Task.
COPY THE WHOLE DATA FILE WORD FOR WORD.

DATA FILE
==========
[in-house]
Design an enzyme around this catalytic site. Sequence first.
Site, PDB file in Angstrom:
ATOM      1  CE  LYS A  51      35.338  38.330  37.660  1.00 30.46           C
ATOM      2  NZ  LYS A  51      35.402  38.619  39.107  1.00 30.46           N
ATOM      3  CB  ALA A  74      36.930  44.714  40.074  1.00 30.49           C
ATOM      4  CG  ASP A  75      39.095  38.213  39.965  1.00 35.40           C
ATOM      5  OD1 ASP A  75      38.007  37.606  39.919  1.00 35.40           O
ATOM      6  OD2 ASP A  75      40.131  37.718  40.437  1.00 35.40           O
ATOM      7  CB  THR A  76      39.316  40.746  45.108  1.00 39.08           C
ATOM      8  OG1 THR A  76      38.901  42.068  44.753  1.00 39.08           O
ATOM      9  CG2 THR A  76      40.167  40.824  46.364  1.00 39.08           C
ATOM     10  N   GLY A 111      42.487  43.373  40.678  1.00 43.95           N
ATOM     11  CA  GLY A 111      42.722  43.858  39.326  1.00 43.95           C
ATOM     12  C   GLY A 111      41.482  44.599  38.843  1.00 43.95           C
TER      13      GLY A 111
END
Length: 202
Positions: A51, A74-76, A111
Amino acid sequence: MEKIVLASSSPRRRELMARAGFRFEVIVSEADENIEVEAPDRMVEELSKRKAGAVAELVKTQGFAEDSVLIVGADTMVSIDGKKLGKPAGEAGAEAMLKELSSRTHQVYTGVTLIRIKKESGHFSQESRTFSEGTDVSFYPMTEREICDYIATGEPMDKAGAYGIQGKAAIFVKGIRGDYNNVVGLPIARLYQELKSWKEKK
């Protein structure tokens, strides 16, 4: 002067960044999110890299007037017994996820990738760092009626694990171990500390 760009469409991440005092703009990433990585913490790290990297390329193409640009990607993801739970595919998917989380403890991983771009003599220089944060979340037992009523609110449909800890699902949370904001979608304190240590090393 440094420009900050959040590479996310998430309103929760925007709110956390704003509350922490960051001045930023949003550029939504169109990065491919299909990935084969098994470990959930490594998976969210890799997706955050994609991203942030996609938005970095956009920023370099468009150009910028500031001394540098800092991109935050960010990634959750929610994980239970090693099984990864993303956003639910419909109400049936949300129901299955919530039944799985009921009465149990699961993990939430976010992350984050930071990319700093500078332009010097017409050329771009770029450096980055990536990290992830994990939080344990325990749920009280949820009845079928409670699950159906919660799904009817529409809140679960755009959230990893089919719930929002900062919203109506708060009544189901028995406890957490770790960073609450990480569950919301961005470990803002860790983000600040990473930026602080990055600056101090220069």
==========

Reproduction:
[in-house]
Design an enzyme around this catalytic site. Sequence first.
Site, PDB file in Angstrom:
ATOM      1  CE  LYS A  51      35.338  38.330  37.660  1.00 30.46           C
ATOM      2  NZ  LYS A  51      35.402  38.619  39.107  1.00 30.46           N
ATOM      3  CB  ALA A  74      36.930  44.714  40.074  1.00 30.49           C
ATOM      4  CG  ASP A  75      39.095  38.213  39.965  1.00 35.40           C
ATOM      5  OD1 ASP A  75      38.007  37.606  39.919  1.00 35.40           O
ATOM      6  OD2 ASP A  75      40.131  37.718  40.437  1.00 35.40           O
ATOM      7  CB  THR A  76      39.316  40.746  45.108  1.00 39.08           C
ATOM      8  OG1 THR A  76      38.901  42.068  44.753  1.00 39.08           O
ATOM      9  CG2 THR A  76      40.167  40.824  46.364  1.00 39.08           C
ATOM     10  N   GLY A 111      42.487  43.373  40.678  1.00 43.95           N
ATOM     11  CA  GLY A 111      42.722  43.858  39.326  1.00 43.95           C
ATOM     12  C   GLY A 111      41.482  44.599  38.843  1.00 43.95           C
TER      13      GLY A 111
END
Length: 202
Positions: A51, A74-76, A111
Amino acid sequence: MEKIVLASSSPRRRELMARAGFRFEVIVSEADENIEVEAPDRMVEELSKRKAGAVAELVKTQGFAEDSVLIVGADTMVSIDGKKLGKPAGEAGAEAMLKELSSRTHQVYTGVTLIRIKKESGHFSQESRTFSEGTDVSFYPMTEREICDYIATGEPMDKAGAYGIQGKAAIFVKGIRGDYNNVVGLPIARLYQELKSWKEKK
């Protein structure tokens, strides 16, 4: 002067960044999110890299007037017994996820990738760092009626694990171990500390 760009469409991440005092703009990433990585913490790290990297390329193409640009990607993801739970595919998917989380403890991983771009003599220089944060979340037992009523609110449909800890699902949370904001979608304190240590090393 440094420009900050959040590479996310998430309103929760925007709110956390704003509350922490960051001045930023949003550029939504169109990065491919299909990935084969098994470990959930490594998976969210890799997706955050994609991203942030996609938005970095956009920023370099468009150009910028500031001394540098800092991109935050960010990634959750929610994980239970090693099984990864993303956003639910419909109400049936949300129901299955919530039944799985009921009465149990699961993990939430976010992350984050930071990319700093500078332009010097017409050329771009770029450096980055990536990290992830994990939080344990325990749920009280949820009845079928409670699950159906919660799904009817529409809140679960755009959230990893089919719930929002900062919203109506708060009544189901028995406890957490770790960073609450990480569950919301961005470990803002860790983000600040990473930026602080990055600056101090220069």